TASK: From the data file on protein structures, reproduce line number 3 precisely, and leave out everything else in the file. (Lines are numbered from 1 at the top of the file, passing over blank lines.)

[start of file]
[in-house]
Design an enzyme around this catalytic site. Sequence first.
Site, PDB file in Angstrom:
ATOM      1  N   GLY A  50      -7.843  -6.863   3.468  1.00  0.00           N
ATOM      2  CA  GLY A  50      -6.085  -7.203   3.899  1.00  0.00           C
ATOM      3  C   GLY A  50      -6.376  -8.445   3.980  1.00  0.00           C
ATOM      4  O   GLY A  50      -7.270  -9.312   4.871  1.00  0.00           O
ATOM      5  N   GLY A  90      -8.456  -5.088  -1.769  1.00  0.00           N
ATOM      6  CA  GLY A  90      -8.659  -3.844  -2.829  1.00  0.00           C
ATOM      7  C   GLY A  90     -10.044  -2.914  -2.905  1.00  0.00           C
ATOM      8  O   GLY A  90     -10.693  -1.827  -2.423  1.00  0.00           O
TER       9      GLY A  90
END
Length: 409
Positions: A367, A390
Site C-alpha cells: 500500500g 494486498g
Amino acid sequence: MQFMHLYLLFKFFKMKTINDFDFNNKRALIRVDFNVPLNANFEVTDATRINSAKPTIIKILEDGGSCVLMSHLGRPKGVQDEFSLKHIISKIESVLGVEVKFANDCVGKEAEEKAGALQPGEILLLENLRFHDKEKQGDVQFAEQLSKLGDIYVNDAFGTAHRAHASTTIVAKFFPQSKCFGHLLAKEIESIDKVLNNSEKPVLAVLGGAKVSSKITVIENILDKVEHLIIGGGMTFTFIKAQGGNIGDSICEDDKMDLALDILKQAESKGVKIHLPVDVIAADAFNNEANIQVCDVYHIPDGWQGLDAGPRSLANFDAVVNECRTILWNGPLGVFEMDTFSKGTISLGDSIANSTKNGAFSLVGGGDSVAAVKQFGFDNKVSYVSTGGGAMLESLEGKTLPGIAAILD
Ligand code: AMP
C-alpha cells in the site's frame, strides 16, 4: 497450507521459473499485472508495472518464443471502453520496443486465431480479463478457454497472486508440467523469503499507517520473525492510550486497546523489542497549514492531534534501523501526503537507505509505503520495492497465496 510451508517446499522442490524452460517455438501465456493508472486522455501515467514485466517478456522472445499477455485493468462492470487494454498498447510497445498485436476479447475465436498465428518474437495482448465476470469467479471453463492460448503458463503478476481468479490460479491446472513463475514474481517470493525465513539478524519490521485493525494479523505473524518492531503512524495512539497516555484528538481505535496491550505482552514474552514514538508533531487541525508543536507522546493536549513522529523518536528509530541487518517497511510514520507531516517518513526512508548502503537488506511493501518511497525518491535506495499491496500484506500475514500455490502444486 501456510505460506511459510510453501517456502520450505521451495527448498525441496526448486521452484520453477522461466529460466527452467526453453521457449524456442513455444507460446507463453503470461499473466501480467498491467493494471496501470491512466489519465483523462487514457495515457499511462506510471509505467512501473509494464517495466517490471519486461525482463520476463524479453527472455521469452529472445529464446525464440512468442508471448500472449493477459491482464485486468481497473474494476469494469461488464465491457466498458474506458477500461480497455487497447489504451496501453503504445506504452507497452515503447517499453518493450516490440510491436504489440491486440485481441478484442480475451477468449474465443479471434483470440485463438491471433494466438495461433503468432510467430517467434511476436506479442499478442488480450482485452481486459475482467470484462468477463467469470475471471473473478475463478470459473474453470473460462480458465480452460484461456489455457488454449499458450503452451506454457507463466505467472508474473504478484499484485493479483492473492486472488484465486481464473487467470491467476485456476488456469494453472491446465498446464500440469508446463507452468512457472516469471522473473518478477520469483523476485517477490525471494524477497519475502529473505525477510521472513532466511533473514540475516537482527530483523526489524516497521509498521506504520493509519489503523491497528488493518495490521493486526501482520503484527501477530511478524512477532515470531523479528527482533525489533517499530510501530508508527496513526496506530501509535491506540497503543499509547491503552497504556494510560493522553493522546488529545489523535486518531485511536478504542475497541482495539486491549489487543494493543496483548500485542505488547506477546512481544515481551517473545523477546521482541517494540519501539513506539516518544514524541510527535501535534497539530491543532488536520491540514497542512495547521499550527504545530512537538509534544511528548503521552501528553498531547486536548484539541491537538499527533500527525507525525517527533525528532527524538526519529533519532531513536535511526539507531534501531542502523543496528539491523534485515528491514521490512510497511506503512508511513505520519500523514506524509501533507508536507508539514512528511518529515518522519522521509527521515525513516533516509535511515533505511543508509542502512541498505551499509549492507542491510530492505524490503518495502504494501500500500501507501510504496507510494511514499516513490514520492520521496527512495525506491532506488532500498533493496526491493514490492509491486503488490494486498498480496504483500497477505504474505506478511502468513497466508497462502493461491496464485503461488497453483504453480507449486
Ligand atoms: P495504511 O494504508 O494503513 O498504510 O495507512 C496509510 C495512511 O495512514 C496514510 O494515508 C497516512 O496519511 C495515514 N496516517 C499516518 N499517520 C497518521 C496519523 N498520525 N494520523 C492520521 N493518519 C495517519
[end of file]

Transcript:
Site, PDB file in Angstrom: